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Sharp-Tailed Sandpipers migrate to Hainan for the winter

Sharp-Tailed Sandpipers

Sharp-tailed Sandpiper

Latin name: Calidris acuminata

English name: Sharp-tailed Sandpiper (Snipe)

Chinese name: 鸻形目,鹬科

The sharp-tailed Sandpiper is very similar to the Buff-breasted Sandpiper. The difference is that the sharp-tailed sandpiper has a shorter beak and dotted breast, while the Buff-breasted Sandpiper has a long bill and clear stripes on the chest.

Buff-breasted Sandpipers are very similar to the Sharp-tailed Sandpiper


Sandpipers are small birds with short legs (around 14 cm).

Breeding adults are heavily marked with chevrons and spots on the underparts and have a rich chestnut cap and white eyeing. Nonbreeding adults are a duller grayish-brown with a drab brown cap. Juveniles are brighter with a plain buffy breast, bright cap and contrasting white eyeline.

Similar to Dunlins, their armpits and underwing feathers are white, the major difference from other dunlins is that the outer tail feathers are pure white, which is easy to see when landing.

Sharp-tailed Sandpiper


Their call is a unique trill sound that is short, fast, and cicada-like.

Sharp-tailed Sandpiper call

Breeding and migration

Primarily an Asian species, breeding areas outside of China are in the Arctic Circle, from Scandinavia in Northern Europe to the Chukotka Peninsula in Russia. When migrating they can be found in South Korea, Japan, Kazakhstan, Pakistan, India, Nepal, Bangladesh, Sri Lanka, Myanmar, Laos, Cambodia, Philippines, Malaysia, Kalimantan, and many other countries in Europe, Asia and Africa.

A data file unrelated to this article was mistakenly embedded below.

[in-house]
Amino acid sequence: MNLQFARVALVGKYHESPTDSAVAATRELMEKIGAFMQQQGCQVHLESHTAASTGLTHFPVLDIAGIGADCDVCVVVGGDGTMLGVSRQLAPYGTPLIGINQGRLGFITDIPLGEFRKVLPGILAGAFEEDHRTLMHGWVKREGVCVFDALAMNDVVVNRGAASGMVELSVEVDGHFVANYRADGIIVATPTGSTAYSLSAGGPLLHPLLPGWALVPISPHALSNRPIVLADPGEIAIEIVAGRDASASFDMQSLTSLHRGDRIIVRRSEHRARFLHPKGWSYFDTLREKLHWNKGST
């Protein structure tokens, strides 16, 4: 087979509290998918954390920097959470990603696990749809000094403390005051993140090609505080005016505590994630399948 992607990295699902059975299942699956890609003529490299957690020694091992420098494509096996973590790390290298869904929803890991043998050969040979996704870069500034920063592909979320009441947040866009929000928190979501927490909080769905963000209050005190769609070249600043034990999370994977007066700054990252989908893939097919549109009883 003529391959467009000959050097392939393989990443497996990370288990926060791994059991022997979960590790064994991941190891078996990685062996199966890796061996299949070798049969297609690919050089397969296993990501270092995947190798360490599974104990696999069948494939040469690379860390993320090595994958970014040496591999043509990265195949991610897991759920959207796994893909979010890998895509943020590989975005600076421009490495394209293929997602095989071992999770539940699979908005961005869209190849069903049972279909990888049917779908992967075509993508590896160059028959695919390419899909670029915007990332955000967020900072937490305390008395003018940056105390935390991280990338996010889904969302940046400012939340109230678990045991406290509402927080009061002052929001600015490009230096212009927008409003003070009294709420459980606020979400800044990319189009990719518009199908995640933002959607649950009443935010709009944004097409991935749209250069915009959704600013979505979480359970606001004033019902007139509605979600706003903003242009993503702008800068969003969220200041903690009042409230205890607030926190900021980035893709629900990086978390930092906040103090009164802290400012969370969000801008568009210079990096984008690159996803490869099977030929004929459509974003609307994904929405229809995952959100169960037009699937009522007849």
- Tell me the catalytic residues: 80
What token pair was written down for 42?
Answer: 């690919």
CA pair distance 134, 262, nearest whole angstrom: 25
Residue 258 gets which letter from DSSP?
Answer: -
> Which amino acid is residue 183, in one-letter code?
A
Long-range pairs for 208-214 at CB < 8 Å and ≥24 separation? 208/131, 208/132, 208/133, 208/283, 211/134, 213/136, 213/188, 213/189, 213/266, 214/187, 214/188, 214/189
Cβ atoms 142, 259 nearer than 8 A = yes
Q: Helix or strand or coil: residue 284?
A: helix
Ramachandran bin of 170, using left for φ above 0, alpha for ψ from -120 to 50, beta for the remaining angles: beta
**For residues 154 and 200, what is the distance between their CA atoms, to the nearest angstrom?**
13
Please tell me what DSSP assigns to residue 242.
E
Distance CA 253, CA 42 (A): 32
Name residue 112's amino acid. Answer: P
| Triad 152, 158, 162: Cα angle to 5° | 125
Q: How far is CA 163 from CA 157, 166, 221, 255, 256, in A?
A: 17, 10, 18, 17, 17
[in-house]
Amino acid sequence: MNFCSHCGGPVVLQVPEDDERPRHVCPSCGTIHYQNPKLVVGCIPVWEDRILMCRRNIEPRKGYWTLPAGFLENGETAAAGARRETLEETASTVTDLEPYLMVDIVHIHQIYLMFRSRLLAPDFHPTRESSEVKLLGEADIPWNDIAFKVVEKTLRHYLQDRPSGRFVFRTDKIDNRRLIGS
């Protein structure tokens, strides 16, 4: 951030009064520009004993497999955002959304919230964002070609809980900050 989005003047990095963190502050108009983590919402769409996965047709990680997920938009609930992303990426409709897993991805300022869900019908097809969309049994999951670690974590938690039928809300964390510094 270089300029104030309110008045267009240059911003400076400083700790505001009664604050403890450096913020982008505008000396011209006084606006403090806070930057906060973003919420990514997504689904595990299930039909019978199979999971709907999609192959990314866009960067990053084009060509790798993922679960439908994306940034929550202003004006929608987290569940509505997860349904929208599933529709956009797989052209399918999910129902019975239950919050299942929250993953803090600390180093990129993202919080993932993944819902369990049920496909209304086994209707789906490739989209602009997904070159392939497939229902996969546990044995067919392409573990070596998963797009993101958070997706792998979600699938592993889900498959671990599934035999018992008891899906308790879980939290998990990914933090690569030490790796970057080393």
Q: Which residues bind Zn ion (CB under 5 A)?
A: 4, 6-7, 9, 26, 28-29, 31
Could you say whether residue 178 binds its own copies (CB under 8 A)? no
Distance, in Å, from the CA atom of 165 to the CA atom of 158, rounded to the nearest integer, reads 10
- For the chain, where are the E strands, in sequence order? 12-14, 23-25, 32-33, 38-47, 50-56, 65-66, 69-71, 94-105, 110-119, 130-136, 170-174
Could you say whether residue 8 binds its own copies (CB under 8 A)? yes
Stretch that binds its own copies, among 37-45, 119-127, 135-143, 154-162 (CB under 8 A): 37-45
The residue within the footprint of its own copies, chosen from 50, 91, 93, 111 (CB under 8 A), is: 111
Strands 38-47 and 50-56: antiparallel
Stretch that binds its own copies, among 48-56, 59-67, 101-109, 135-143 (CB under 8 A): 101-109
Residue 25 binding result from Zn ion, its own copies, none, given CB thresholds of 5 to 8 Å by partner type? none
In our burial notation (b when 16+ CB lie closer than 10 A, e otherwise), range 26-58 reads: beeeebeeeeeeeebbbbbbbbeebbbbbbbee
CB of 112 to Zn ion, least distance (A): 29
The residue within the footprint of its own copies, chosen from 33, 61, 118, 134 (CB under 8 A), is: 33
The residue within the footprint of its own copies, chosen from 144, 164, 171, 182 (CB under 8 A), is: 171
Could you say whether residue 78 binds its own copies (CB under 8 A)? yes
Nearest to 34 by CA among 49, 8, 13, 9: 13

Like other dunlins, they like to form small or large groups along coastal mudflats, beaches, and marshes, they are sometimes found inland. They often mix and forage with other sandpipers, mostly feeding on insect larvae, but also eat crustaceans and mollusks.

During the migration season, they live in groups in shallow waters of inland freshwater lakes, paddy fields, marshes, and sandbars near rivers and feed in shallow water or grassland.


The Sharp-tailed Sandpiper is included in the “Nationally Protected List of Terrestrial Wild Animals with Important Economic and Scientific Values” issued by the State Forestry Administration of China on August 1, 2000.

Xiatang Wetlands

It is a rare winter migratory bird in Hainan, and it can be seen in open intertidal zones and on low grasslands. During the wintering and migration seasons it will occasionally appear in the Xiatang Wetland Protection Community.

The Xiatang Wetland Conservation covers an area of approximately 3,000 acres. It is located in Yanfeng Town, Haikou City, adjacent to the Hainan Dongzhai Port National Nature Reserve.

According to survey data of wintering waterbirds in Hainan, a total of 127 species of birds have been recorded in the Xiatang wetland.

Xiatang Wetland Protection Community
Xià táng shīdì bǎohù xiǎoqū (夏塘湿地保护小区)

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Related article: Do you know which species of birds are only found in Hainan?

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